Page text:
David Rothkopf sounds like a politician:

We need a new international understanding on these issues, one that will produce a coalition of nations that will strictly enforce a ban on aid to countries that abuse women -- and one that will introduce sanctions on those countries until they comply with what must be the most basic entry-level rules for participating in global society.

Sure, that will work. I mean: please. Could we get any more utpoian? Norm Geras, meanwhile, takes issue with my response to a supporter of the war in Afghanistan:

No one who undertakes some putative good or the combating of some evil is thereby obligated to take on an impossible burden of doing good and combating every evil. Otherwise, we couldn't do anything without being called on to do everything - which is a practical reductio ad absurdum. When Andrew supported the interventions in Afghanistan and then Iraq, this type of argument was put by some of those who were opposed. Why Afghanistan or Iraq and not North Korea, Burma, Zimbabwe as well? Because there's only so much one can do (even if 'one' is a powerful country). This is not to criticize him for having changed his mind on certain things. It is only to say that a style of argument that was no good then is still no good. Also: between 'on the cheap' and 'a century of neo-imperialism', there are intermediate possibilities.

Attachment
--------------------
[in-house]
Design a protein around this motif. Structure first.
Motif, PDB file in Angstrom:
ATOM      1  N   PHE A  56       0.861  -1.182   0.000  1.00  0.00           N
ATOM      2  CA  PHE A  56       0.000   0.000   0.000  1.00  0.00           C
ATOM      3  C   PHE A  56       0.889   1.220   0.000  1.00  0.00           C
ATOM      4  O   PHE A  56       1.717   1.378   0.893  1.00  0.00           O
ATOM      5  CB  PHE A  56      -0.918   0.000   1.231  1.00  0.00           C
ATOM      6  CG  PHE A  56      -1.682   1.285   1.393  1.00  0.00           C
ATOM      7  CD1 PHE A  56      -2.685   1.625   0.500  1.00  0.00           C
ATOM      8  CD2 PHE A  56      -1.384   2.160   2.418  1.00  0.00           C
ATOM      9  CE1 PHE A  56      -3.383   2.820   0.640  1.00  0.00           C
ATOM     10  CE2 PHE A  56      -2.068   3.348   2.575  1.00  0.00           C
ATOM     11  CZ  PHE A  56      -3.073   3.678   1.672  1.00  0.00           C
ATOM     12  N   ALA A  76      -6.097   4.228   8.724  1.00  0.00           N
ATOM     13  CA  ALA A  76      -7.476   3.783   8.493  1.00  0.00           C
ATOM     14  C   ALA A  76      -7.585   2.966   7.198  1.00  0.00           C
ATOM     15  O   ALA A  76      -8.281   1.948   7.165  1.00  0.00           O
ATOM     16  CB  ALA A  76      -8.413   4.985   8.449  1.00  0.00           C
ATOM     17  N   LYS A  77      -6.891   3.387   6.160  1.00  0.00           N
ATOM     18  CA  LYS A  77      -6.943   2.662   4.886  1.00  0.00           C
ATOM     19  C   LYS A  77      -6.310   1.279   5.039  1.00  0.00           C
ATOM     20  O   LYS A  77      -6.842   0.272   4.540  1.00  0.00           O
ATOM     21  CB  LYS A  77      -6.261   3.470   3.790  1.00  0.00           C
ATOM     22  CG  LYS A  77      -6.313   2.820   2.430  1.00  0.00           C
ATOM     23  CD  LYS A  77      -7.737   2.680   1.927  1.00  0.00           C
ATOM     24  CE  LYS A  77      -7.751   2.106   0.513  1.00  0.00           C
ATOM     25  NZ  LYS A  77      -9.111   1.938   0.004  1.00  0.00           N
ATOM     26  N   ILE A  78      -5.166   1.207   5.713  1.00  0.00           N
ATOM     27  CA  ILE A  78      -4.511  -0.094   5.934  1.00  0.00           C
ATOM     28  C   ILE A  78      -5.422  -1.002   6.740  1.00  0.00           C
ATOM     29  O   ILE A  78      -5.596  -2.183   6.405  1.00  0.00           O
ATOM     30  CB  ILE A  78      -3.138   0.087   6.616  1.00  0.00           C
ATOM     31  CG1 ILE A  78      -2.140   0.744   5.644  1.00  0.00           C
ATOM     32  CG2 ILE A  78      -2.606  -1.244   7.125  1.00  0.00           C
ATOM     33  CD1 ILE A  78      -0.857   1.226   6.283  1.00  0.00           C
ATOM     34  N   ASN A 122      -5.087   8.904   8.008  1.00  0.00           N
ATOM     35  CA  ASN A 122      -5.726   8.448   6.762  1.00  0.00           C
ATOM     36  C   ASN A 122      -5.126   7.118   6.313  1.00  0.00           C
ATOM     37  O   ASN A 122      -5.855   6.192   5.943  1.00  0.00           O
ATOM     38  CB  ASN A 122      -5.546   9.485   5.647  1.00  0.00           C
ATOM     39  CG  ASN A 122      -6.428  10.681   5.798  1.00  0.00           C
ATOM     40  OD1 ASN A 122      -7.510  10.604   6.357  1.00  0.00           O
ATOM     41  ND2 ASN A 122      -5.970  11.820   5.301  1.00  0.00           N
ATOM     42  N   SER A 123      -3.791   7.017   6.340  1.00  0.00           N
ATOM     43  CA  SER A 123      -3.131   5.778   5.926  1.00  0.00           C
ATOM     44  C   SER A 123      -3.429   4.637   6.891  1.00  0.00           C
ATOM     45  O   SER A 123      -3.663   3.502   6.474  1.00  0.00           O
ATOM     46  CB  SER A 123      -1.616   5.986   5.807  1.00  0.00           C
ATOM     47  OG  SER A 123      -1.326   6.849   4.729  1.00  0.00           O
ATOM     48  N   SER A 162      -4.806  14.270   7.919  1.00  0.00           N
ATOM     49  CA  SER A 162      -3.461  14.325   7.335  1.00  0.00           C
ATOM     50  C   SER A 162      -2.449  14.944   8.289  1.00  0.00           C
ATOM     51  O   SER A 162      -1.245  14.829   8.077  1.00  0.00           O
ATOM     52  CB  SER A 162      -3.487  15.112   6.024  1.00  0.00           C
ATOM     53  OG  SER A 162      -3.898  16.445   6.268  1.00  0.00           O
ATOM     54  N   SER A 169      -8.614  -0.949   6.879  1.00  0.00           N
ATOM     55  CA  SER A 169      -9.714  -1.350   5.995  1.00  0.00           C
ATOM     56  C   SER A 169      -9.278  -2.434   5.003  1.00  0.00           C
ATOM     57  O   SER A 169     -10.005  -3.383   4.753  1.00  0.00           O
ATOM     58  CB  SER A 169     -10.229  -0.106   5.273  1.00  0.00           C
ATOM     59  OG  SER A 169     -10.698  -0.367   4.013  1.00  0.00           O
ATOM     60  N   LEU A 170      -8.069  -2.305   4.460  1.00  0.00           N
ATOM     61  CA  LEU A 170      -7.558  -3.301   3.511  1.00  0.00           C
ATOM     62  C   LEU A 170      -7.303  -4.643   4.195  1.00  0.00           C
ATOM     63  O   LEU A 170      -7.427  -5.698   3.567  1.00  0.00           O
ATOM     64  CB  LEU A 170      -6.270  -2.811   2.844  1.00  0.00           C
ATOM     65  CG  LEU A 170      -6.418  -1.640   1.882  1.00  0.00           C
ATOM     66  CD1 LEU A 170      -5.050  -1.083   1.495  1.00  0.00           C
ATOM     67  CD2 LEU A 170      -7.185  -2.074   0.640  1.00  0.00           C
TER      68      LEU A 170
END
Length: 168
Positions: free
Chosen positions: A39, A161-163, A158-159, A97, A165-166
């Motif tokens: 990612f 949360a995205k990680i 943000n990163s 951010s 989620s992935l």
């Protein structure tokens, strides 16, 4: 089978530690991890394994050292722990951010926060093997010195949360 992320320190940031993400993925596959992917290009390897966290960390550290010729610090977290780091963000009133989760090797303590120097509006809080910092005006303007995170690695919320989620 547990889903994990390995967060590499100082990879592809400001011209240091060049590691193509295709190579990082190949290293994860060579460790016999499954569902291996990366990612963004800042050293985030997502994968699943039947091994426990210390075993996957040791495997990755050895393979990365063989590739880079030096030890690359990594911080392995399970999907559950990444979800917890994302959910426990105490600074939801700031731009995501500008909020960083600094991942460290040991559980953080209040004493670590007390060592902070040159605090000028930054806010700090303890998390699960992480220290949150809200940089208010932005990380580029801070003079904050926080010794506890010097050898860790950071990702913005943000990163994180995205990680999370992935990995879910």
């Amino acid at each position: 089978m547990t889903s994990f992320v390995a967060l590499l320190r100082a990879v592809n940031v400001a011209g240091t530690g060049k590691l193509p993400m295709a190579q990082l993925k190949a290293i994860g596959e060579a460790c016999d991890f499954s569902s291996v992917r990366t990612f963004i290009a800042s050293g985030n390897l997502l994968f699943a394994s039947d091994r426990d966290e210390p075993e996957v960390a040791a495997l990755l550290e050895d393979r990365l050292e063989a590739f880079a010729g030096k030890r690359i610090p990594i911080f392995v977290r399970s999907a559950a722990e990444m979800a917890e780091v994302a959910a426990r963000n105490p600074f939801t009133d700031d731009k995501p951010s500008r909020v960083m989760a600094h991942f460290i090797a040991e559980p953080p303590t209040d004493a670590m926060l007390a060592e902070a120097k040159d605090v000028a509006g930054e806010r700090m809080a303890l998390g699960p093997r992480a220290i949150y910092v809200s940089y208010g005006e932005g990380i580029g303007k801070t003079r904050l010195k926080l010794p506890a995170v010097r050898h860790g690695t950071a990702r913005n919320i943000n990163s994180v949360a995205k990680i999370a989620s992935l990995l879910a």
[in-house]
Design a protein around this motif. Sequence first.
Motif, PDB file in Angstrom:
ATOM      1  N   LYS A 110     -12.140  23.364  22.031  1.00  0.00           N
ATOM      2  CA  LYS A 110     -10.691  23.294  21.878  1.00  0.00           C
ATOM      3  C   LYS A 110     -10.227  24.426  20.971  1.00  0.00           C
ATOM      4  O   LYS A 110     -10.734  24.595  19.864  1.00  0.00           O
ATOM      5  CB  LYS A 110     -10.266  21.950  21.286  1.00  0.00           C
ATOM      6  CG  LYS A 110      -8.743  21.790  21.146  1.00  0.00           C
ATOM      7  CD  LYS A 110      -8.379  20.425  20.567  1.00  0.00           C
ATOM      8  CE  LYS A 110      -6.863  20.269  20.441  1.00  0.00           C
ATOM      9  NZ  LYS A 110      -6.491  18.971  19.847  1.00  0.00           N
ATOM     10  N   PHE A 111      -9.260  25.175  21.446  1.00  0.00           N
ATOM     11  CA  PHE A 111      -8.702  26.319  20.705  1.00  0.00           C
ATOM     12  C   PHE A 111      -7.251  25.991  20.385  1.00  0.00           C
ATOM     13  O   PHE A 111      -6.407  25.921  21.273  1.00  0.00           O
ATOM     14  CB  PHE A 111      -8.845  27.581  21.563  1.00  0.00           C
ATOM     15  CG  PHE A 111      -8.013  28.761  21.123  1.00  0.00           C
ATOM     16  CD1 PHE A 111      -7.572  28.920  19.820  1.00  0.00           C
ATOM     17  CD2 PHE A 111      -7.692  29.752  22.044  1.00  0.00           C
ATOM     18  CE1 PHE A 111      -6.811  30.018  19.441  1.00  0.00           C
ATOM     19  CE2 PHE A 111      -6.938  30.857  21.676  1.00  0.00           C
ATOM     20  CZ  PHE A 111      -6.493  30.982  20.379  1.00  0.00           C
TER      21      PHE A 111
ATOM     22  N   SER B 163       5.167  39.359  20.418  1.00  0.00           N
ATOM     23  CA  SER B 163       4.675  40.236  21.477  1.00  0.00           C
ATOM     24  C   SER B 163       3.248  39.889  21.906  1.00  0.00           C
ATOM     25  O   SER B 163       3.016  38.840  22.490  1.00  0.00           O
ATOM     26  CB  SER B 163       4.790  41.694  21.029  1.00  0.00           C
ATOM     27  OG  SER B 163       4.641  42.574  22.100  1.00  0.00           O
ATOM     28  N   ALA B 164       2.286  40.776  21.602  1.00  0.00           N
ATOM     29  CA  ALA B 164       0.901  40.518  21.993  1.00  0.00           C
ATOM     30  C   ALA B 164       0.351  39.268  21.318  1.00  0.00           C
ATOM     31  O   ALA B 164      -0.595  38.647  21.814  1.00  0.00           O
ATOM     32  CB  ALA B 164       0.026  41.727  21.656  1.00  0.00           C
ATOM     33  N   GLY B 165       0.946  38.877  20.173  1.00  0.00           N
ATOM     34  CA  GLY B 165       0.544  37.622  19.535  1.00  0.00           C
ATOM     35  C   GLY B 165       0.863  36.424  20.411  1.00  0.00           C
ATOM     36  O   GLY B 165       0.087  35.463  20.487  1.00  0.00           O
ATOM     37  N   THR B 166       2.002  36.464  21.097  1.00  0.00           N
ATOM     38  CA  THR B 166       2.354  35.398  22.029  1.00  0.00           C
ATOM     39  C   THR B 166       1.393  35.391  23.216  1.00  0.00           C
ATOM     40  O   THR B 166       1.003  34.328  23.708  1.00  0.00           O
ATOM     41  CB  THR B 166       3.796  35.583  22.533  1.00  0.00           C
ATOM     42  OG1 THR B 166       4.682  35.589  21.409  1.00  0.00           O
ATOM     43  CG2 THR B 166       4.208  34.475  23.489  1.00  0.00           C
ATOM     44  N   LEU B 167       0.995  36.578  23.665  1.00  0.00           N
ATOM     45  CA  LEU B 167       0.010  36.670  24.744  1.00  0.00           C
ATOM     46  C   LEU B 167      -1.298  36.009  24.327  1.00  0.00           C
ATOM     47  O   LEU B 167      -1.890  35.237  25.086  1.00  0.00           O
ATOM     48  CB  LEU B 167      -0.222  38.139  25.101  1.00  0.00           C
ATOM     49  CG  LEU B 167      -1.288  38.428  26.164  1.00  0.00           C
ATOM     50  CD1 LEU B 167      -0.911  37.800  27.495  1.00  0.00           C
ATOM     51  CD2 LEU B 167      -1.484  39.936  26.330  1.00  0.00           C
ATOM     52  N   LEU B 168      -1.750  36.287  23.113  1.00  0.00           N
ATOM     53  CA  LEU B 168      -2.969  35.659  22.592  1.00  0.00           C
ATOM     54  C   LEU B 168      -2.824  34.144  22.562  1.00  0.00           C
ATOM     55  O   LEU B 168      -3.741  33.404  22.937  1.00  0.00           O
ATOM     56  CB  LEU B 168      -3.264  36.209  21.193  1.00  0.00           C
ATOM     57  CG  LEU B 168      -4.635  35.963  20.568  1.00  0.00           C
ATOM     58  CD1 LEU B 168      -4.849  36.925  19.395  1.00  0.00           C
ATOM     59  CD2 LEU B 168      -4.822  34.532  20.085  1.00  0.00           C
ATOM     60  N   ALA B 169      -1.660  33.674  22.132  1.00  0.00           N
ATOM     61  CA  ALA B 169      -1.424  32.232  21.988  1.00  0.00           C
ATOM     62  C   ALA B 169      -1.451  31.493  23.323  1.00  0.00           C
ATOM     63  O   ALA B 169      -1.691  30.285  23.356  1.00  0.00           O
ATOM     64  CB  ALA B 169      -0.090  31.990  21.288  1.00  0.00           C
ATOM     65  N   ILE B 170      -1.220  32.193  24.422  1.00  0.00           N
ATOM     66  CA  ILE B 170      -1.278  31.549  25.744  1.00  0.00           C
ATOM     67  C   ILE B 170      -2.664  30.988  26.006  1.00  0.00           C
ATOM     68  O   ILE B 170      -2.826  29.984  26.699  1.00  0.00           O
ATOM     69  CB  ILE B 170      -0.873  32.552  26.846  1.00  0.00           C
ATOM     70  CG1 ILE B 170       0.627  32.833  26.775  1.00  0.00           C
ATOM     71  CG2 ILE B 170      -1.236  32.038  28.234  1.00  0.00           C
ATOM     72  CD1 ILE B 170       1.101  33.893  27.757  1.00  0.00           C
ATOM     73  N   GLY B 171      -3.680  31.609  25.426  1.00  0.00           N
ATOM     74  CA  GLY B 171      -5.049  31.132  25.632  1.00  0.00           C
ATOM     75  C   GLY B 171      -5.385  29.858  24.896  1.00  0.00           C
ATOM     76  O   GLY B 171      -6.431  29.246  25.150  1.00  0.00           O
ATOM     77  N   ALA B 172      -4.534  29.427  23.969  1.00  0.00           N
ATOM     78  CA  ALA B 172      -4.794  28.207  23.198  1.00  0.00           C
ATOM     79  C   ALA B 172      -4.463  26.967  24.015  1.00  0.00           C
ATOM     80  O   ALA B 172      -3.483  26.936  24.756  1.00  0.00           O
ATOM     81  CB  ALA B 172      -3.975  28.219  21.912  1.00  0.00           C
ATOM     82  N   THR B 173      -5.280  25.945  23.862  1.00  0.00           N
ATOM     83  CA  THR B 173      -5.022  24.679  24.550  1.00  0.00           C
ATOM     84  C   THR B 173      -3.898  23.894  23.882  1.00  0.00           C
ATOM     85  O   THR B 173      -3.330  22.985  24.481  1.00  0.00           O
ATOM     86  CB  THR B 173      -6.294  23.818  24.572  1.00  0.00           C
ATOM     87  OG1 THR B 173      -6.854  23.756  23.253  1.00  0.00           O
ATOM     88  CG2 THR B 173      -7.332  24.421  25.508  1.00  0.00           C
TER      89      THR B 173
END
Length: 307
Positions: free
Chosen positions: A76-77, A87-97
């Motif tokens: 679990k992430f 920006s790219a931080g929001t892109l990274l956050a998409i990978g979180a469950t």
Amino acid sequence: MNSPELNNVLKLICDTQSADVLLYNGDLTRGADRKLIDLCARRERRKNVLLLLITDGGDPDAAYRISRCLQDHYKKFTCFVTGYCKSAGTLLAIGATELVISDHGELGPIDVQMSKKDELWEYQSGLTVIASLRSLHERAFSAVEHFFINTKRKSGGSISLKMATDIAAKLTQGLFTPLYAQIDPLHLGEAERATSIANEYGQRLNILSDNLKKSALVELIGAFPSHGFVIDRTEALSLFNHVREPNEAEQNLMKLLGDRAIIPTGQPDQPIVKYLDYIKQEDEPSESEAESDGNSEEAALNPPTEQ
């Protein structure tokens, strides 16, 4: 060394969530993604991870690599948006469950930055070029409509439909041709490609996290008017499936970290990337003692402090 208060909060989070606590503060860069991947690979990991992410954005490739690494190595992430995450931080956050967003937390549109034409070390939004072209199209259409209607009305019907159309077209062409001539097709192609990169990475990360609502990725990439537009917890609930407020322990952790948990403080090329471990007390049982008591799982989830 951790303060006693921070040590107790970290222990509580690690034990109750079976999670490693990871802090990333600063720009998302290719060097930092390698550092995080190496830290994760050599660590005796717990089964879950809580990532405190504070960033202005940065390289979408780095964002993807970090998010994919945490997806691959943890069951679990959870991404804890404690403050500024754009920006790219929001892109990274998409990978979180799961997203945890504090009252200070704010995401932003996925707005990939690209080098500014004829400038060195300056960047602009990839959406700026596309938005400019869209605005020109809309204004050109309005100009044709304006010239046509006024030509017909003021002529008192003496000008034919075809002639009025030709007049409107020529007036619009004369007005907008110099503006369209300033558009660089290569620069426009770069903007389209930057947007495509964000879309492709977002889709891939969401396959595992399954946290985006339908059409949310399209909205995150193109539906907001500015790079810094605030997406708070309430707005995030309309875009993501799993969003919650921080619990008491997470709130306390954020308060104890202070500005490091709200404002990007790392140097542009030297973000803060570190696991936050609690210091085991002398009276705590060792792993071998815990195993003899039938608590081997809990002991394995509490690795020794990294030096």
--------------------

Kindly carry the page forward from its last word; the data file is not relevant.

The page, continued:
I'm not sure there are, actually, unless Norm means the kind of hands-off counter-terrorism that seems the only realistic option in Af-Pak. I did support these wars in part because of the evil of the enemy, Saddam and the Taliban. But I have learned my lesson. It is not enough for the enemy to be evil, or even dangerous. We must be able to do something about it that is within our capacity and skills and budget. Building nations in Iraq and Afghanistan fails this sniff-test, and the experience of the past decade proves it.

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